Tonawanda News — AMHERST — The commissioner of Erie County’s Department of Environment and Planning, Maria Whyte, highlighted three potential economic growth opportunities in the Tonawandas Friday afternoon at a Ken-Ton Chamber of Commerce Luncheon.
The projects, which were included in Erie County Executive Mark Poloncarz’s “Initiatives for a Smart Economy report,” are in varying stages of development, but two of the initiatives — the Spaulding Fiber plant site in the City of Tonawanda and the North Youngmann Commerce Center — are months away from fruition.
Workers are currently completing infrastructure improvements to the town’s commerce center, a 92-acre parcel site north of the Youngmann Expressway. The construction, which includes the installation of water and sewer lines, is set to cost $2.8 million.
The town has received $2.1 million from Geico for the project and $500,000 from the Empire State Development Corp.
“This site didn’t require cleanup, because it was really just former fields,” Whyte said.
Last month, Wythe Will Tzetzo, a candy and food specialty company that currently leases town property, announced its intention to move its headquarters to the new park and build a $17 million center. Monday, the Erie County Industrial Development Agency granted the company $5.1 million in tax abatements.
“That is one of those things we struggle with ... when is it prudent to make a partnership with a company?” Whyte said. “This is precisely when abatement makes sense ... when a new generation of wealth is the result.”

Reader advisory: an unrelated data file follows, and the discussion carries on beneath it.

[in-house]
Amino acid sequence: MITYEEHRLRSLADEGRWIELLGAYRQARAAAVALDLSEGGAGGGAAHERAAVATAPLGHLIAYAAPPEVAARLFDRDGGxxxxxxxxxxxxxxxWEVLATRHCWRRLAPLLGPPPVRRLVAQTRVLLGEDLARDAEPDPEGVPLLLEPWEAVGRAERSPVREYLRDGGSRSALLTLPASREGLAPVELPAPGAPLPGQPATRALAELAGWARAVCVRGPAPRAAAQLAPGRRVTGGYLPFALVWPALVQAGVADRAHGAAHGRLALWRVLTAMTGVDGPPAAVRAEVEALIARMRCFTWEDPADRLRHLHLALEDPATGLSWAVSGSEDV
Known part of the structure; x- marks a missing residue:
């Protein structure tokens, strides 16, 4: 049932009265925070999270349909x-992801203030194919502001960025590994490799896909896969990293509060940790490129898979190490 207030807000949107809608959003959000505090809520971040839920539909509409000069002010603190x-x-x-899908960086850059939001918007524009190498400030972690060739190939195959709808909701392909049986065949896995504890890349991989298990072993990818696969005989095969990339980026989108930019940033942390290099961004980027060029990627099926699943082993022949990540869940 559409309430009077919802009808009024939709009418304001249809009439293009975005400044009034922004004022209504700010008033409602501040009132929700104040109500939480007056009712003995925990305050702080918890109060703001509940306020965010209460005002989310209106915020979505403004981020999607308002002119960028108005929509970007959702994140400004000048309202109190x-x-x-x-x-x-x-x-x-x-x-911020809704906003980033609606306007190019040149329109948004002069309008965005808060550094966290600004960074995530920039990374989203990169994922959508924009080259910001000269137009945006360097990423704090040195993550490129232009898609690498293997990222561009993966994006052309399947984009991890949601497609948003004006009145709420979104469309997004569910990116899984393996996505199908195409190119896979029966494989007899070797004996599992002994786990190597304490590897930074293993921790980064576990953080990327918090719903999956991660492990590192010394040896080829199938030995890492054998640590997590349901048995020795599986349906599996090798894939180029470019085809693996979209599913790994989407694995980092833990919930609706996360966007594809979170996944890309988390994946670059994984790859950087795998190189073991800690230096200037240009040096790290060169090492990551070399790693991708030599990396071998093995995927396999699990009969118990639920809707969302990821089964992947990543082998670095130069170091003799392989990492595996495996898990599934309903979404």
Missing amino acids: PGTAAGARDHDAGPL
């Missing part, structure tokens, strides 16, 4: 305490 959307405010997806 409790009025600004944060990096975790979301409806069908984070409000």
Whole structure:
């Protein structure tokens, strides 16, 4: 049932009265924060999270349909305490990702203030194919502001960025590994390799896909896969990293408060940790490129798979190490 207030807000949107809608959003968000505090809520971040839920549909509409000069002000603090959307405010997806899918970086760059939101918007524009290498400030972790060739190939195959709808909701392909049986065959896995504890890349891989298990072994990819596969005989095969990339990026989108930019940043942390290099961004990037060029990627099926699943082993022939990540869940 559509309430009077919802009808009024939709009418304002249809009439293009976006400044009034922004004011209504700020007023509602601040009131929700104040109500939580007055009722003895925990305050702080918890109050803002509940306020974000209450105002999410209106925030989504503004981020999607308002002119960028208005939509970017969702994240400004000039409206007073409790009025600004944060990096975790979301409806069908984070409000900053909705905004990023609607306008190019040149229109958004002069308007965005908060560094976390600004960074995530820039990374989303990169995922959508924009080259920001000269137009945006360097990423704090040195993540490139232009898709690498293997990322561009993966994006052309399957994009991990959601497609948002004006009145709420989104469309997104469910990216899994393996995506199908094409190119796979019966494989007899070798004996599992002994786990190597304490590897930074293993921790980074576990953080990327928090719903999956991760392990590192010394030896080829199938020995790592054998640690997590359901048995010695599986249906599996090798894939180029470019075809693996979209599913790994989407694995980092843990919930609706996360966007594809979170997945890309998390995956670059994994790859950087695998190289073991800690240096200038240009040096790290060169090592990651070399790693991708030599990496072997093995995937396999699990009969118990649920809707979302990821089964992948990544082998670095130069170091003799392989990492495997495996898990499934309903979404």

The company will hire 25 to 35 additional employees over the next two to three years as a result of the expansion. Construction is set to begin in November.
The Spaulding Fiber site in the City of Tonawanda is also ready for development after an eight-year, $20 million cleanup effort.
“It took a great deal of time to raise the money for the cleanup,” Whyte said. “It’s very exciting.”
She noted that Simmers Crane Design & Services plans to move to the site. City of Tonawanda administrator Richard Planavsky said Friday that the company is completing its preparations.
“I think they are getting quite close to offering to purchase the parcel of land,” he said, noting the offer would then go before the council for its approval.
Poloncarz’s report also discusses the cherry farm parcel at the south end of the Grand Island Bridge in the Town of Tonawanda. A landfill was previously located on the property.
“It is a large part of the county and the town’s potential for public waterfront landscape,” Whyte said Friday at the lunch.
She said the county’s next step in developing the area will be to complete a feasibility study to assess how the property could be used. The study will likely cost $100,000.
Whyte also noted a number of other projects the town and county are working together on, including work at the former Polymer Applications site. The Erie County Land Reutilization Corp., which obtains vacant and blighted properties and redevelops them, is also testing out their pilot program with a Tonawanda property.
“The land bank will help deal with the problem of vacant and distressed properties, and the Sheridan Parkside building in the program is a very serious problem property,” Whyte said.
Contact reporterJessica Bagley at 693-1000 ext. 4150, or follow her on Twitter @JessicaLBagley